I came upon another article about class size and student success. According to the article’s author,
“Small classes are more engaging places for students because they’re able to have a more personal connection with teachers, simply by virtue of the fact that there are fewer kids in the classroom competing for that teacher’s attention,” says Adam Gamoran of the University of Wisconsin-Madison, who analyzed the findings.
Even though “students stayed more focused and misbehaved less [and t]hey also had more direct interactions with teachers and worked more in small groups rather than by themselves,” teachers did little to adjust their instruction with these smaller groups.
I would say the first step is making class sizes smaller to increase student capacity and comfort. Then, the teachers need to learn how to work with this new class dynamic. Since they have not enjoyed the pleasure of working with smaller classes, the instructors will eventually begin to adjust. Maybe some professional development in this area could assist them to speed up the process.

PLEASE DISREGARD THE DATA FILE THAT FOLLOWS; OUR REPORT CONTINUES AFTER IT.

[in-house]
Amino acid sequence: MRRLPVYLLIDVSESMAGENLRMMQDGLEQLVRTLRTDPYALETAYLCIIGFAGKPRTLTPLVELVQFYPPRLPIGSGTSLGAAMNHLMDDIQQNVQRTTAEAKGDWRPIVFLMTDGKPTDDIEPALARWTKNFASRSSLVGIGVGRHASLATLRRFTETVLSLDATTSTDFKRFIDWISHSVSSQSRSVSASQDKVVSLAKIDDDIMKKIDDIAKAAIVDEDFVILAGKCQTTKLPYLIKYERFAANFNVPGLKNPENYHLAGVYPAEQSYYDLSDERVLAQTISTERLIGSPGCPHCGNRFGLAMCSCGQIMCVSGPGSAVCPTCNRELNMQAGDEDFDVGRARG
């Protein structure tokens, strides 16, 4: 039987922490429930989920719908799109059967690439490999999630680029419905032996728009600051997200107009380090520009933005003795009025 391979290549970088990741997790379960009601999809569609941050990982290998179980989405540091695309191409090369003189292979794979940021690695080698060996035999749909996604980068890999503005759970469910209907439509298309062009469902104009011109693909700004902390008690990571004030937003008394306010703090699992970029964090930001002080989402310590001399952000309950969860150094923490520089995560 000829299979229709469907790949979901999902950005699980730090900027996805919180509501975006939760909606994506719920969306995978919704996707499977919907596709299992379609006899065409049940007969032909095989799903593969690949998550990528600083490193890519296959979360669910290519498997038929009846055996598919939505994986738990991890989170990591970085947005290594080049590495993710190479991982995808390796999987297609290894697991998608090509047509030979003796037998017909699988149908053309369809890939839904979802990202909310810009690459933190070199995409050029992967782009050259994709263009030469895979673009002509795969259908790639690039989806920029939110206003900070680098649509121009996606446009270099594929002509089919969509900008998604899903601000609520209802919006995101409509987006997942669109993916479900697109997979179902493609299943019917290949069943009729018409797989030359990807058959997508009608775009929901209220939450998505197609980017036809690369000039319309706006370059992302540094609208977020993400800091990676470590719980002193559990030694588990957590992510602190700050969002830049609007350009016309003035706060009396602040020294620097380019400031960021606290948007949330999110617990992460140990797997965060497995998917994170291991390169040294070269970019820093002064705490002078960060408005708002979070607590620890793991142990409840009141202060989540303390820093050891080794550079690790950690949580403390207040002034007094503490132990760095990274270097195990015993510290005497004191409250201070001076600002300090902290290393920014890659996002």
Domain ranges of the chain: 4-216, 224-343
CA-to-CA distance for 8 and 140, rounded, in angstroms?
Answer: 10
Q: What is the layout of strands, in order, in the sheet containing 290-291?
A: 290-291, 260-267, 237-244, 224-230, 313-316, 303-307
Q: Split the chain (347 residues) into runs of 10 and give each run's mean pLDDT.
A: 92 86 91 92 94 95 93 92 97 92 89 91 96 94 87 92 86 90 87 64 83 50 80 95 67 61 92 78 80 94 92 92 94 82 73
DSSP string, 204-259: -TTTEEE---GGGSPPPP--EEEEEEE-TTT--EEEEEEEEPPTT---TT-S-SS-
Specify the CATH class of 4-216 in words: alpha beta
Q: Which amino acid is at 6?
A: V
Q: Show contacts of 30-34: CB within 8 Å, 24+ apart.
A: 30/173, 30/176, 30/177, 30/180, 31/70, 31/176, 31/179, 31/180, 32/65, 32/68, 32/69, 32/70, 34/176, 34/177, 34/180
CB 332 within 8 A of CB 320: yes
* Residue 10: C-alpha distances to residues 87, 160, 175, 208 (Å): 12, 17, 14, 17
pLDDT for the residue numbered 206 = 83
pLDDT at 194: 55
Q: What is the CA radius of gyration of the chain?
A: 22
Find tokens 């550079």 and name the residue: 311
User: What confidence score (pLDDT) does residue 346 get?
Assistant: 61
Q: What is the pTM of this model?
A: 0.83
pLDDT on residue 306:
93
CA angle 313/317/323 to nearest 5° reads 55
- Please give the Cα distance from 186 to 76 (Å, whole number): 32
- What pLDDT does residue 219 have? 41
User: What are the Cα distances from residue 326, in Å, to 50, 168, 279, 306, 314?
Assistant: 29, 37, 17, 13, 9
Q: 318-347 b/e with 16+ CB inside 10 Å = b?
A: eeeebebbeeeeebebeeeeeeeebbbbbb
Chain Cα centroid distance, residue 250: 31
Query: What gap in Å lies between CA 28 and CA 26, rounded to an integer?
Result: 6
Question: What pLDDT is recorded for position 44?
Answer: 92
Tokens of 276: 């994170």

I believe teachers should realize that smaller classes in themselves will not solve disparity issues or achievement gaps, so we will need to adjust as well. Plus, we will need to prove the effectiveness of smaller class sizes by raising (ugh, I’m going to say it) test scores and reducing the failure rate. Teaching in a smaller learning environment is a great step, but it’s only a step and we must now run with the opportunity.